Can you remove distractions that are getting in their way? Sometimes the people who do the work would like no greater gift than breathing room.

And, of course, also consider becoming a productive member of the community doing real work.

Those are a few simple ideas from me. If you have other ideas for ways to find and engage the cheeseheads in a community, I'd love to hear them. Please feel free to add yours in the comments section below.







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Chris Grams is the Head of Marketing at Tidelift and author of The Ad-Free Brand: Secrets to Building Successful Brands in a Digital World. Twitter LinkedIn Email: chris(at)


I can't wait for the followup post: "Who Moved my Cheeseheads?"

Building and sustaining a community is a delicate balance of personalities. Rarely is something so compelling that it becomes self-sustaining. The toxic community as described, I assert, does not exist because these projects either self-implode or are not truly communities. What you're observing is a project in the midst of collapse (or, more rarely, recovery).

A good next article would be about the rise and fall of communities, with exposition of many potential warning signs, their remedy and prevention.

Hi Chris -

Thanks for the shout out and riffing on the cheesehead concept. There is a lot of discussion around who really are the important individuals in the network and often, they are not the obvious choices (the people most active) but the people that connect sub-groups, influence the influencers, and quietly make connections and as you said, *do* things rather than just chatter a lot.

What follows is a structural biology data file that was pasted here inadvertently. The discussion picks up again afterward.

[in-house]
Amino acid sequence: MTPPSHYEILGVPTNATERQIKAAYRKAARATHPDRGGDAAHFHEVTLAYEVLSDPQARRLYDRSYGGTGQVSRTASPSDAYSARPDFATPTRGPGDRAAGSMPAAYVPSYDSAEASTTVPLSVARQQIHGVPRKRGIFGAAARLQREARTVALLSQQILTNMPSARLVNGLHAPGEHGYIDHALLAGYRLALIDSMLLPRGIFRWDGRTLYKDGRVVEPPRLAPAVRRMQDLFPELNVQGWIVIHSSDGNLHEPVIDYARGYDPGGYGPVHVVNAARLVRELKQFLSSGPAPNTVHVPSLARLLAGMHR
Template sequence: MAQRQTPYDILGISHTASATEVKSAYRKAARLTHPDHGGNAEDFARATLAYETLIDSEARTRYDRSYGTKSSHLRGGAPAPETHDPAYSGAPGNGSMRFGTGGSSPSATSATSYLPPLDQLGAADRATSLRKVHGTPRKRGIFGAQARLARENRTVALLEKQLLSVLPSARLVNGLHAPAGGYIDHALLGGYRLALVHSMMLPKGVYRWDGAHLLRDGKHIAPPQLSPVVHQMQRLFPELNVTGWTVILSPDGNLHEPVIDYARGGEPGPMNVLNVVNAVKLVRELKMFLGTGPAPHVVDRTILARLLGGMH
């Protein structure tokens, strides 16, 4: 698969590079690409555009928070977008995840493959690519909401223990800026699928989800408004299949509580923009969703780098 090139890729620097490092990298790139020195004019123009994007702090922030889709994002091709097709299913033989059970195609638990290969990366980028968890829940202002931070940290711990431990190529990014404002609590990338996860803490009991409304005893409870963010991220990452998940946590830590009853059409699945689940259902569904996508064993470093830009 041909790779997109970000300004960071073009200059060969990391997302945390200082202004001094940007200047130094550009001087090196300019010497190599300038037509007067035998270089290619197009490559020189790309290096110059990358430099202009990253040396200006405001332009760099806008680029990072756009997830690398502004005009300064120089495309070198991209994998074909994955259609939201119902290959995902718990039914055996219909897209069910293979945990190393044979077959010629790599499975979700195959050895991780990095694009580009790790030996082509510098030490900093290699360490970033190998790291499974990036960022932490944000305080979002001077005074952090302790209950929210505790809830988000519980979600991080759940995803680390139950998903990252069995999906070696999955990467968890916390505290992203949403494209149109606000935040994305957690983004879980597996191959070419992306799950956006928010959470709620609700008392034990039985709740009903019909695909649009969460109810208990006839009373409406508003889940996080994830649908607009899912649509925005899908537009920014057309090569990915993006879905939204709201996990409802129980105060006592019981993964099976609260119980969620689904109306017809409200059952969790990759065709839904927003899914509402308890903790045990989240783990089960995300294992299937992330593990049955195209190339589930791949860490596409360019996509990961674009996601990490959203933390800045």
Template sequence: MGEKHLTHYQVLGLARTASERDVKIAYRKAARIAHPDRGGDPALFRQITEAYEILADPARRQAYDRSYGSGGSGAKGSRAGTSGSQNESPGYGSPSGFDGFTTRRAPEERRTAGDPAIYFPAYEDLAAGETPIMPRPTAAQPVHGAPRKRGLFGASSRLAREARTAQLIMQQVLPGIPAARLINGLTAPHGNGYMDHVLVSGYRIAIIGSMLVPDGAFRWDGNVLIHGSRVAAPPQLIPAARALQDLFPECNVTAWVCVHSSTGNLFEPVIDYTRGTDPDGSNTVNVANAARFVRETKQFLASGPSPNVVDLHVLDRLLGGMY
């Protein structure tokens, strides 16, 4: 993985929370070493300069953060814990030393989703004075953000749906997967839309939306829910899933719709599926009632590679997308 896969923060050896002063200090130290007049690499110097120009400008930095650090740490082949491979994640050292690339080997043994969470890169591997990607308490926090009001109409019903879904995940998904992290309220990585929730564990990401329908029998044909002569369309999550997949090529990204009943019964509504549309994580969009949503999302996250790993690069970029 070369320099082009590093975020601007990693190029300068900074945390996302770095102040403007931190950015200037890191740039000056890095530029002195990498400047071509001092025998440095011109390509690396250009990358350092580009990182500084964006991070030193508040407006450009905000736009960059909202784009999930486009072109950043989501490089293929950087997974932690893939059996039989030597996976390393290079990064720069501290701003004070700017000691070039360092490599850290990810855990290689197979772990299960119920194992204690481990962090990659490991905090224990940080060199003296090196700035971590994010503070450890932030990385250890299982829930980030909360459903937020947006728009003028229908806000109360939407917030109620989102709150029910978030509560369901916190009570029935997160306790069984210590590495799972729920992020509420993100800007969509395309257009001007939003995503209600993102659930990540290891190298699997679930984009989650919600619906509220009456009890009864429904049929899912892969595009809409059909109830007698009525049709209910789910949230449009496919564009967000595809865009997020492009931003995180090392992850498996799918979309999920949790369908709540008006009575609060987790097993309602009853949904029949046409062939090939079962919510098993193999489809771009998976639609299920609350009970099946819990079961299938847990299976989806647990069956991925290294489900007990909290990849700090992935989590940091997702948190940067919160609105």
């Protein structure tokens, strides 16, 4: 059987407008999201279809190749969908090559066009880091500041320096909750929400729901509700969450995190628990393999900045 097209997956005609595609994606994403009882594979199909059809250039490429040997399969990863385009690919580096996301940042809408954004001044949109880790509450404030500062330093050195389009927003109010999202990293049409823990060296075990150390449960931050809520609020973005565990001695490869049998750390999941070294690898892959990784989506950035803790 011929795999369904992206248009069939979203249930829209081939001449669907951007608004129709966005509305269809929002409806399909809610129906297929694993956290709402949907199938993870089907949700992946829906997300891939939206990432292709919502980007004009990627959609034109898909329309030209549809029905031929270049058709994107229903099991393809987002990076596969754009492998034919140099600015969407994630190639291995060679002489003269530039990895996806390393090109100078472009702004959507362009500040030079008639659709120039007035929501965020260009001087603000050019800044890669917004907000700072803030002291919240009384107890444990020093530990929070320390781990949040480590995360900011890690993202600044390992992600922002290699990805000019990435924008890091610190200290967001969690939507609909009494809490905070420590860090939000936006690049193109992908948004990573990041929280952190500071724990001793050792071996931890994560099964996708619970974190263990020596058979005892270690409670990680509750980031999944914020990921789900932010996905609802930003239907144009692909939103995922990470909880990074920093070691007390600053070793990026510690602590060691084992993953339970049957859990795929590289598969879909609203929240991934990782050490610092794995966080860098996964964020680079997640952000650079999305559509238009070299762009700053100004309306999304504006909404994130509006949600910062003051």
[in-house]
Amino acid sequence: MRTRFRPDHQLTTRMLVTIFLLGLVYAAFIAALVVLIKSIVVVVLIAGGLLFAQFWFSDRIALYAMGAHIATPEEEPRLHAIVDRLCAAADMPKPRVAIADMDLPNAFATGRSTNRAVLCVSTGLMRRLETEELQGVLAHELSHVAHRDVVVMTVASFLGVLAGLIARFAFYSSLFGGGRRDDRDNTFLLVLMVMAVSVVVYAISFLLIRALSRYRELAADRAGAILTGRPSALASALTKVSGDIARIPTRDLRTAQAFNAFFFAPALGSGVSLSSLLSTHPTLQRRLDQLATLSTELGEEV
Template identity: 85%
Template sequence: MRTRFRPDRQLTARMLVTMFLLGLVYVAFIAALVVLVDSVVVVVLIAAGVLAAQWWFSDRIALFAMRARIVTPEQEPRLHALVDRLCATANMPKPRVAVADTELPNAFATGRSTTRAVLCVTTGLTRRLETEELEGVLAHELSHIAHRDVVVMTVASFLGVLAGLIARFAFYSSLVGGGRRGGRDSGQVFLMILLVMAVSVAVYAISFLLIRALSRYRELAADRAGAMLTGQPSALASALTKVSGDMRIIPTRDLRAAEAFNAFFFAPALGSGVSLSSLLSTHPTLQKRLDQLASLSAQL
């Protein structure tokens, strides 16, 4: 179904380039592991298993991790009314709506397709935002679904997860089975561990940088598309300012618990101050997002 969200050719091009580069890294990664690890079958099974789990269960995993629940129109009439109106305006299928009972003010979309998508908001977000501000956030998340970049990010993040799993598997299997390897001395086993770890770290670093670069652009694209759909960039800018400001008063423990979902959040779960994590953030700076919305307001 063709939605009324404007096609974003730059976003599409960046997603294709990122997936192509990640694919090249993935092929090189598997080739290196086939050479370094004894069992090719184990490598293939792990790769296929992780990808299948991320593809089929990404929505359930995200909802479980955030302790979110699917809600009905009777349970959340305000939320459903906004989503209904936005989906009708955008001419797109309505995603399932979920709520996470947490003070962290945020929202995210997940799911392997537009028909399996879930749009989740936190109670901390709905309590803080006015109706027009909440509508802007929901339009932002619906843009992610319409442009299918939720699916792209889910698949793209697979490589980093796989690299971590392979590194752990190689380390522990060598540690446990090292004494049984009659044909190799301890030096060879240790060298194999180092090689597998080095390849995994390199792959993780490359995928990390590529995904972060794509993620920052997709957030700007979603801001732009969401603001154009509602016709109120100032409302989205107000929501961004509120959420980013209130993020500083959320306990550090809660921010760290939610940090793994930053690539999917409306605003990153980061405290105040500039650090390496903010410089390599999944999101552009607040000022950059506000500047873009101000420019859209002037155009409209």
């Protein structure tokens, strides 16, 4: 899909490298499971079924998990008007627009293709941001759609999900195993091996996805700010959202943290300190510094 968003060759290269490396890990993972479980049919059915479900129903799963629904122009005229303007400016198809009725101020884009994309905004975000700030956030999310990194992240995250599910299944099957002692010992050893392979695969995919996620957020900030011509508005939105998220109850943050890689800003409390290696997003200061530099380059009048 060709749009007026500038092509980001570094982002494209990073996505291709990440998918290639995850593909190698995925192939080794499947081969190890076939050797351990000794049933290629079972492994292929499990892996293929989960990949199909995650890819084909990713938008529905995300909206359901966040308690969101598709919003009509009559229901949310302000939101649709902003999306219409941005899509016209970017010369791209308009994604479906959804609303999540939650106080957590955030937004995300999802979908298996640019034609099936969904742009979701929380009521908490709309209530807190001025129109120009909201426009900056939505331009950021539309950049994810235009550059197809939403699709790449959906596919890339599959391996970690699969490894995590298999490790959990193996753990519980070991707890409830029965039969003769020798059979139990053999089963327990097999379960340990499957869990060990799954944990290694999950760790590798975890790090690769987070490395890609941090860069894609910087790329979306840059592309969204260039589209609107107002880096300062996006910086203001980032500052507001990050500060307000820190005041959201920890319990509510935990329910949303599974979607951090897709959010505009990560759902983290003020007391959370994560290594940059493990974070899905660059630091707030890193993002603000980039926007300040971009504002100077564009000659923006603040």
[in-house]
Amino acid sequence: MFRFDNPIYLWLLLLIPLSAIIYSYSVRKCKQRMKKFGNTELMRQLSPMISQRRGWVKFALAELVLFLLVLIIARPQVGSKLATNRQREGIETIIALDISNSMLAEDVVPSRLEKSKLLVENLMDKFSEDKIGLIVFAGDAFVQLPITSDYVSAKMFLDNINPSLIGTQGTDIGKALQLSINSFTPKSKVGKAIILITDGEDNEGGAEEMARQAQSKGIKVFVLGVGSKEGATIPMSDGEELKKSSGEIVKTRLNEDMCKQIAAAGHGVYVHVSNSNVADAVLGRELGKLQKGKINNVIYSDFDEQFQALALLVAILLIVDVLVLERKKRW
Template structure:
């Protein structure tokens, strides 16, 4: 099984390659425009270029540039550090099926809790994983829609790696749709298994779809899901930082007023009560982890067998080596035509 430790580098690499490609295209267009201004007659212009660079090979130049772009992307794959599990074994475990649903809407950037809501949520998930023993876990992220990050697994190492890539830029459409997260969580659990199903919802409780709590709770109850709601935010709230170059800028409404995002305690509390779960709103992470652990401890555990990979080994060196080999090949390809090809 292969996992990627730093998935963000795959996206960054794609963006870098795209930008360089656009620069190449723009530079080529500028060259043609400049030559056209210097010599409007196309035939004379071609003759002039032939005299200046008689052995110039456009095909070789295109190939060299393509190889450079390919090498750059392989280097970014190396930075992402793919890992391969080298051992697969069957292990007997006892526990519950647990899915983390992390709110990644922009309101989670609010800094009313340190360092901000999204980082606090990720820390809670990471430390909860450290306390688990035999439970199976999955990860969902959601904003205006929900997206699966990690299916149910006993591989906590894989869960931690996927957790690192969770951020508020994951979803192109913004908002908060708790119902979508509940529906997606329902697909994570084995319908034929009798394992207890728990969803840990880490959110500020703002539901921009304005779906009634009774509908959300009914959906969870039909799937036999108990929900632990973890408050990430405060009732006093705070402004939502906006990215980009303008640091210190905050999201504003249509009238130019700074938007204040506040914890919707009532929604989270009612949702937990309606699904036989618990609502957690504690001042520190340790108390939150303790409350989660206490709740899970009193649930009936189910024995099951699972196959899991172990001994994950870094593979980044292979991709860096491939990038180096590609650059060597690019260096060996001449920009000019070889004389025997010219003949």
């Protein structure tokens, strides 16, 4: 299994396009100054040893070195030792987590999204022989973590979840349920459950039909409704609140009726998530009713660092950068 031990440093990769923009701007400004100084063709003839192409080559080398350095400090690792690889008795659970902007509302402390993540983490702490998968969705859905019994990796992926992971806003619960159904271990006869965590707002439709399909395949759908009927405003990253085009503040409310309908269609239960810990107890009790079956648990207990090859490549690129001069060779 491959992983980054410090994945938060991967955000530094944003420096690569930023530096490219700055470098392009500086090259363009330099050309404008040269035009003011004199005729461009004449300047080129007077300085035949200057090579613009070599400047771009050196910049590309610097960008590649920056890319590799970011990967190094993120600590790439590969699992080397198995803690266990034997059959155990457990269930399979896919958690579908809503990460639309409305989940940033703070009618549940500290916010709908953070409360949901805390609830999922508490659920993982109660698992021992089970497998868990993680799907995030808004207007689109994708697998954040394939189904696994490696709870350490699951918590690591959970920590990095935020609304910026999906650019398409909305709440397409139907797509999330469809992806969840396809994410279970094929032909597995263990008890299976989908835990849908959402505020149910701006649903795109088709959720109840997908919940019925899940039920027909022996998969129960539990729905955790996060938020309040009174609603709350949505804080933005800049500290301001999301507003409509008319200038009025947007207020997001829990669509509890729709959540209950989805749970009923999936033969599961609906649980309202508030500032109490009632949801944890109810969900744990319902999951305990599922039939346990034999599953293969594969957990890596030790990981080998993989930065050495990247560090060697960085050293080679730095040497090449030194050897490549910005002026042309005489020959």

I've found that understanding Social Network Analysis has been very helpful to my understanding of who is important in a community and the different roles they play.

Rachel-- thanks for the great ideas, and thanks for the original post-- it was awesome!


Although not related directly to the topic at hand of how to identify people in your community, it is interesting to note that the Green Bay Packers at the core are an anomaly in the NFL in that they have a different ownership structure, as described on wikipedia's <a href="">Green Bay Packers page</a>. For me at least, this makes it a lot easier to be a fan of the packers and to invest more emotionally. Even though the host city, Green Bay, only has a population of 100,000, I feel more confident that the Packers will always stay in Green Bay, and in Wisconsin.

I live on the other side of Wisconsin, near the border and closer to the Twin Cities, MN, with a population of nearly 3 million, so I get to see more TV related talk about the Vikings, a rival NFL team. Every few years, the owners of the Vikings threaten to move the team to a bigger city if they can't get local funding for something they want, such as a new stadium. The Twin Cities has a relatively small population so it's harder to keep sports teams. In fact, they've lost several major sports teams throughout the years in this fashion, including a basketball team called the Lakers (now LA Lakers, Minnesota being the state of 10,000 lakes), and a hockey team called the North Stars (now Dallas Stars). Even if your a fan of individual teams for that year, it's incredibly hard to remain a fan when you don't trust that the owner's politics will lead them away the next year.

Anyways, this doesn't relate directly to the question of identifying cheeseheads, but I thought it was interesting to note the uniqueness of the underlying situation in this case.